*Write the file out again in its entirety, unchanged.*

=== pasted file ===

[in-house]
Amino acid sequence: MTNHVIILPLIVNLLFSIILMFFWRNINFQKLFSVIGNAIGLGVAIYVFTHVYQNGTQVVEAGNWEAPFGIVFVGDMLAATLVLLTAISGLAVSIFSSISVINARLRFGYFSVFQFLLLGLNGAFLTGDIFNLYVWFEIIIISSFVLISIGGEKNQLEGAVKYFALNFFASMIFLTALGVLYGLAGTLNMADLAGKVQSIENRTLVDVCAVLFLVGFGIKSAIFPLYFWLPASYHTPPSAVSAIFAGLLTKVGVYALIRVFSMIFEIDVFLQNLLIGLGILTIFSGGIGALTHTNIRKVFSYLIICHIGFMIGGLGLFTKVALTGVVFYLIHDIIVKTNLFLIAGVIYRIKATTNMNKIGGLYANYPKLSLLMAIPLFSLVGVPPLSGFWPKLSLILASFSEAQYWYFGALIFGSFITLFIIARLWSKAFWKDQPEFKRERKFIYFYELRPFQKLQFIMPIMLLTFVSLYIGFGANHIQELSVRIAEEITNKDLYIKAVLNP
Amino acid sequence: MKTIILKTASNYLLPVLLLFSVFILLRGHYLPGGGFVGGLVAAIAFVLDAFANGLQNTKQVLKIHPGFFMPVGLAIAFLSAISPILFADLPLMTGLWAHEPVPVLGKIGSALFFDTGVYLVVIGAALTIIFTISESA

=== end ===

[in-house]
Amino acid sequence: MTNHVIILPLIVNLLFSIILMFFWRNINFQKLFSVIGNAIGLGVAIYVFTHVYQNGTQVVEAGNWEAPFGIVFVGDMLAATLVLLTAISGLAVSIFSSISVINARLRFGYFSVFQFLLLGLNGAFLTGDIFNLYVWFEIIIISSFVLISIGGEKNQLEGAVKYFALNFFASMIFLTALGVLYGLAGTLNMADLAGKVQSIENRTLVDVCAVLFLVGFGIKSAIFPLYFWLPASYHTPPSAVSAIFAGLLTKVGVYALIRVFSMIFEIDVFLQNLLIGLGILTIFSGGIGALTHTNIRKVFSYLIICHIGFMIGGLGLFTKVALTGVVFYLIHDIIVKTNLFLIAGVIYRIKATTNMNKIGGLYANYPKLSLLMAIPLFSLVGVPPLSGFWPKLSLILASFSEAQYWYFGALIFGSFITLFIIARLWSKAFWKDQPEFKRERKFIYFYELRPFQKLQFIMPIMLLTFVSLYIGFGANHIQELSVRIAEEITNKDLYIKAVLNP
Amino acid sequence: MKTIILKTASNYLLPVLLLFSVFILLRGHYLPGGGFVGGLVAAIAFVLDAFANGLQNTKQVLKIHPGFFMPVGLAIAFLSAISPILFADLPLMTGLWAHEPVPVLGKIGSALFFDTGVYLVVIGAALTIIFTISESA